There are people who dabble in DIY, and there are serious craftsmen who, with their inventiveness, never fail to impress us. And there are those of us with as much artistic talent as a chicken, so why is that supposed to deter us? We’ve got you covered if you’re in need of a weekend project that even a first-timer can pull off. Every time we have a hankering to try a woven wall hanging or a color-blocked art print, these are the expert designers and bloggers we turn to time and time again.
The House That Lars Built
Read for: Art-inspired projects (like monogrammed labels and intricate cake toppers) that will make you want to whip out the sketchbook.
DIY to try: Paper palm leaves, for those of us who can’t keep greenery alive.
Oh Happy Day
Read for: Party-decor inspiration and general good vibes (it is called Oh Happy Day).
DIY to try: The watercolor paper squares backdrop, to kick your birthday dinner up a notch.
Sugar & Cloth
Read for: A peek into the pastel-and-sparkle–laden world of founder Ashley Rose—and a good dose of interiors inspo, like her incredible kitchen makeover.
DIY to try: A colorful fabric wall hanging, the solution to that blank living room wall you’ve been deliberating over for months.
Read for: A series of projects that would be found on a consummate minimalist’s mood board; natural materials and neutral tones abound. Oh, and there are plenty of great IKEA hacks, too.
DIY to try: Get in on one of the most popular styles of the year with the budget-friendly cane headboard.
Fall for DIY
Read for: Larger makeovers—from customizable shelving to full-on furniture—made easy by way of the numerous photos blogger Francesca Stone includes in each tutorial.
DIY to try: The wood magazine holder, to organize your ever-growing pile of New Yorkers.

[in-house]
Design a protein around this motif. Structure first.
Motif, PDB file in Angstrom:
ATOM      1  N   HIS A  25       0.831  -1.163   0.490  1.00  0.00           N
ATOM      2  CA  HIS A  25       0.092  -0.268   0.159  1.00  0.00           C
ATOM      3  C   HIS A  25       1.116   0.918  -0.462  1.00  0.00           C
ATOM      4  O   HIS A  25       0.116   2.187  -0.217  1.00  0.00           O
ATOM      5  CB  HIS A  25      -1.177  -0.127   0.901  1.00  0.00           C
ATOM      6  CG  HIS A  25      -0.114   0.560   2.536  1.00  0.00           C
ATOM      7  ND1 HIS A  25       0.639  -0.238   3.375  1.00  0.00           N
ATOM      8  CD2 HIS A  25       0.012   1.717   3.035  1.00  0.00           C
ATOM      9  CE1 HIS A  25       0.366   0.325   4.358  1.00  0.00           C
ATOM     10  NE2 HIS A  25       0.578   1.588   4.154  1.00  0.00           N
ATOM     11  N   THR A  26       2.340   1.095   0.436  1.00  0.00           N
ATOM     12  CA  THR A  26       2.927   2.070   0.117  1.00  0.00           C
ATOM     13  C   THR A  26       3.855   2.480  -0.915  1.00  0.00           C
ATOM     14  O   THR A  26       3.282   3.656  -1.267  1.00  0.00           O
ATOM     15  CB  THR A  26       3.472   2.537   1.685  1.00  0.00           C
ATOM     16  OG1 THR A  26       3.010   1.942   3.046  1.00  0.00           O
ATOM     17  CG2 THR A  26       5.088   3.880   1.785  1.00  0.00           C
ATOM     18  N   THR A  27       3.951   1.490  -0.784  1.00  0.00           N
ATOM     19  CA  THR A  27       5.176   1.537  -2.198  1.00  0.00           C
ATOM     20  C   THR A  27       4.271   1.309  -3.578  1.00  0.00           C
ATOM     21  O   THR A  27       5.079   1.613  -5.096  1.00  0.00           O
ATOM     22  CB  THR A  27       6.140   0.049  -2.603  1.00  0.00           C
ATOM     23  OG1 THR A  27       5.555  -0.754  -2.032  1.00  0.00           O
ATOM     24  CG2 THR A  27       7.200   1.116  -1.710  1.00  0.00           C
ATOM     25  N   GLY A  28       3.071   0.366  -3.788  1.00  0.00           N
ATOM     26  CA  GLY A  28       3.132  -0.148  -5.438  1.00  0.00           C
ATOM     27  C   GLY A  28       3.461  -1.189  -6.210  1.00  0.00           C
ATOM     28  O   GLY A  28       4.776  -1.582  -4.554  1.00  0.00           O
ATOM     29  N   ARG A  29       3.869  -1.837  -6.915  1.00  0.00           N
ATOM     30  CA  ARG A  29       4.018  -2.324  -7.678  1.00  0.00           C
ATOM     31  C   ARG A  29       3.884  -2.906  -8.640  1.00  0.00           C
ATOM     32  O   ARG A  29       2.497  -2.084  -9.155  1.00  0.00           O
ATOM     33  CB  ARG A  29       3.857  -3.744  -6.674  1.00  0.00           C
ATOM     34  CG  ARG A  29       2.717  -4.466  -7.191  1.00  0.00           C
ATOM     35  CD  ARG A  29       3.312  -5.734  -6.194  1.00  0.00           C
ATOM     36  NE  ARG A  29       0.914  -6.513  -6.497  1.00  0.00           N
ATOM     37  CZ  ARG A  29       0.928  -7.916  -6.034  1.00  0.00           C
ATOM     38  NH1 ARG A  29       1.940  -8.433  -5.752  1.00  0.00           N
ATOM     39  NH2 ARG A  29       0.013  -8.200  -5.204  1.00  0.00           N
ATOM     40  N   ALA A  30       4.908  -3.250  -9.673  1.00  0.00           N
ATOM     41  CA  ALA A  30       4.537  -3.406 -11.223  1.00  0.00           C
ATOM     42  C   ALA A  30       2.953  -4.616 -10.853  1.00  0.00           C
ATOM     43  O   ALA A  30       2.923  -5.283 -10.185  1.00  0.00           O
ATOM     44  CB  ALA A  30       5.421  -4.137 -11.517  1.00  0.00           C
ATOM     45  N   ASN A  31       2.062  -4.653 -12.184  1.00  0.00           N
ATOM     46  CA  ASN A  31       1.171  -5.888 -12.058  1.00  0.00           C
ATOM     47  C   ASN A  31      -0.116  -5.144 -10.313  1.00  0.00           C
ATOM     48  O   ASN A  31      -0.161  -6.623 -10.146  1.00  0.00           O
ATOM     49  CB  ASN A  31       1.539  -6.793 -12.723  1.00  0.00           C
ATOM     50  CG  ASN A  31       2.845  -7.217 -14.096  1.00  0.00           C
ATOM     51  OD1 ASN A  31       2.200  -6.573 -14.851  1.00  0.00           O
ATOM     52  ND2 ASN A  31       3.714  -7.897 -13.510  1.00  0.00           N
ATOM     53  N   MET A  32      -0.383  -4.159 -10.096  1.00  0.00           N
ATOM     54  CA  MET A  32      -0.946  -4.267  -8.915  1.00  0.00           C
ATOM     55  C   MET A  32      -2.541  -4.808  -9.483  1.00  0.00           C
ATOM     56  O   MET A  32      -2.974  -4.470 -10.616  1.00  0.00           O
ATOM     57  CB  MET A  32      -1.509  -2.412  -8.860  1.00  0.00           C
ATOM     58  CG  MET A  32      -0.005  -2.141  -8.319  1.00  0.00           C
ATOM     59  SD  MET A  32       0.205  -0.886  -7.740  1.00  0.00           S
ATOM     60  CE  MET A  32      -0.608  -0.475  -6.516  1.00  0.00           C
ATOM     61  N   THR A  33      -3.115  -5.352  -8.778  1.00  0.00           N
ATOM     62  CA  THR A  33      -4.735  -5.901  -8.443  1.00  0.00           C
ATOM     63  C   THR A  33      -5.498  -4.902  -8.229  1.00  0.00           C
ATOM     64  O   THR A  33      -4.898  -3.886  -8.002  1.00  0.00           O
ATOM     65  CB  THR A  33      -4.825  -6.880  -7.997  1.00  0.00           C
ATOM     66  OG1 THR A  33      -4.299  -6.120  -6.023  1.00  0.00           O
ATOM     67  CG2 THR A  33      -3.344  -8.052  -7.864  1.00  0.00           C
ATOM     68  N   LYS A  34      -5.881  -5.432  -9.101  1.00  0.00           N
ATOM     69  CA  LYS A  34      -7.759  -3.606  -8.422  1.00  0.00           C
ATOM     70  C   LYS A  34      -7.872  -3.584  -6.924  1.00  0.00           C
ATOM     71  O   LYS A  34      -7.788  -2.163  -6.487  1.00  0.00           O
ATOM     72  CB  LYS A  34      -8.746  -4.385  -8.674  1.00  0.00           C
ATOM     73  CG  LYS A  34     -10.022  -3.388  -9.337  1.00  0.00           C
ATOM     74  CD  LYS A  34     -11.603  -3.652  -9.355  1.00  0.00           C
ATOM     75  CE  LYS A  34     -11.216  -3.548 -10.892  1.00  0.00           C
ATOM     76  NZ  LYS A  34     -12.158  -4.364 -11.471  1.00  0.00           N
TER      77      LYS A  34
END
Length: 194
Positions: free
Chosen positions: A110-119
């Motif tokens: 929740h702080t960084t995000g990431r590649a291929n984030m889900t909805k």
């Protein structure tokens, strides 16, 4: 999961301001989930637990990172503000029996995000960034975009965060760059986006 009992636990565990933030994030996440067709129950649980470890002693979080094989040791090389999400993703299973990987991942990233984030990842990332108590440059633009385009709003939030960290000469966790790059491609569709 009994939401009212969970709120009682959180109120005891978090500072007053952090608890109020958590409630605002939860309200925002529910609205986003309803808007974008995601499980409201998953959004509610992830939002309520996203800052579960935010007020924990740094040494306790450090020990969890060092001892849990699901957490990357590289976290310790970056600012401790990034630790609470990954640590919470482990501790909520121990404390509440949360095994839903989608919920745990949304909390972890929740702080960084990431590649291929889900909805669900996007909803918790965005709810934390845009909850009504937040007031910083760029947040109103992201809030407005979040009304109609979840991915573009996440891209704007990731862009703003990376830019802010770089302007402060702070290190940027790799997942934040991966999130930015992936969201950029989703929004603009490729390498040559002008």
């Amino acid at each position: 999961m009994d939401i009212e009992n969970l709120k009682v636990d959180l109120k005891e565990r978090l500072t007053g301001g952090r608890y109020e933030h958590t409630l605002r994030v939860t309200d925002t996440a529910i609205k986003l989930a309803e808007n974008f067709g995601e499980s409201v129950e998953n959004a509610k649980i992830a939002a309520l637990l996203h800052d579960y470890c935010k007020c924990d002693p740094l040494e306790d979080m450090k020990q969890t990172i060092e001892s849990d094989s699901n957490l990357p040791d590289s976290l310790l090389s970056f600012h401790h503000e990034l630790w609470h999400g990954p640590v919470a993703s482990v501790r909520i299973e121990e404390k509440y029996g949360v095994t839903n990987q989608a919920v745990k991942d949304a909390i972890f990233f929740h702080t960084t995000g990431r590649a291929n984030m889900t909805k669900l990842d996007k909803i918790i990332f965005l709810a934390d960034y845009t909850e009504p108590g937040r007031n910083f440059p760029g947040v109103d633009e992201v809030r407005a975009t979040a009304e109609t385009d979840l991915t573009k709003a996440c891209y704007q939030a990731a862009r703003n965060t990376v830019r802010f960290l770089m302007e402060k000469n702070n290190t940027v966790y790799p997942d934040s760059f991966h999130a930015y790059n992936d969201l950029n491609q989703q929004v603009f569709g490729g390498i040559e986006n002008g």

I Spy DIY
Read for: Realistic renovation diaries, with all of the cool decor projects documented in separate posts so you can follow suit in your own home.
DIY to try: The board & batten wall, one such remodeling job that’s perfect for adding interest and charm to boring walls—and it doesn’t require a contractor.
Almost Makes Perfect
Read for: Manageable designs you could definitely do in a day; think: holiday accents and simple yet stylish ceramics and textiles.
DIY to try: Spruce up your windowsill with the futuristic 3-D planter. No plain old terracotta here.
Read for: Colorful, kid-friendly ideas for every part of your life, from the food you eat to the room you eat it in.
DIY to try: A living wall, for when you can’t just pick one pothos at the nursery.
Paper & Stitch
Read for: Halloween or holiday decorations that don’t feel cliché, plus some rather fetching clay jewelry, if you want to update your accessories, too.
DIY to try: Deck the halls in watercolor with the Geo totem ornaments.
A Beautiful Mess
Read for: Lipstick recommendations, delicious recipes, and plenty of sewing-based crafts, if you want to flex your skills with a needle and thread.
DIY to try: The reusable sandwich bags will give you an incentive to meal prep.
P.S.— I Made This
Read for: Fashion, lifestyle, and beauty DIYs, all of which feature a playful twist.
DIY to try: The marbled cream and sugar set (it’s not as tricky as it looks), to impress future brunch guests.
Read for: A bunch of party tricks; there’s a whole section dedicated to piñatas.
DIY to try: Jazz up your bar cart—and bring a whole new meaning to happy hour—with this ombré glassware.
Read for: Affordable crafts made primarily from natural materials—it’s living simply at its finest.
DIY to try: The plywood arch mirror. Place it atop your dresser to help you get ready in the morning.
Read for: Trend-driven projects, ranging from terracotta-hued clay mobiles to millennial pink bathroom vanities.
DIY to try: Leather-wrapped vases. Make a set of three and add some sprigs of eucalyptus for a chic finishing touch.
We Are Scout
Read for: Floral-arranging inspiration that will have you marching to your nearest farmers’ market. The woven textile ideas are also worth a bookmark.
DIY to try: The mini hanging garden, which was made for tiny apartments where the only way to incorporate plants is via the ceiling.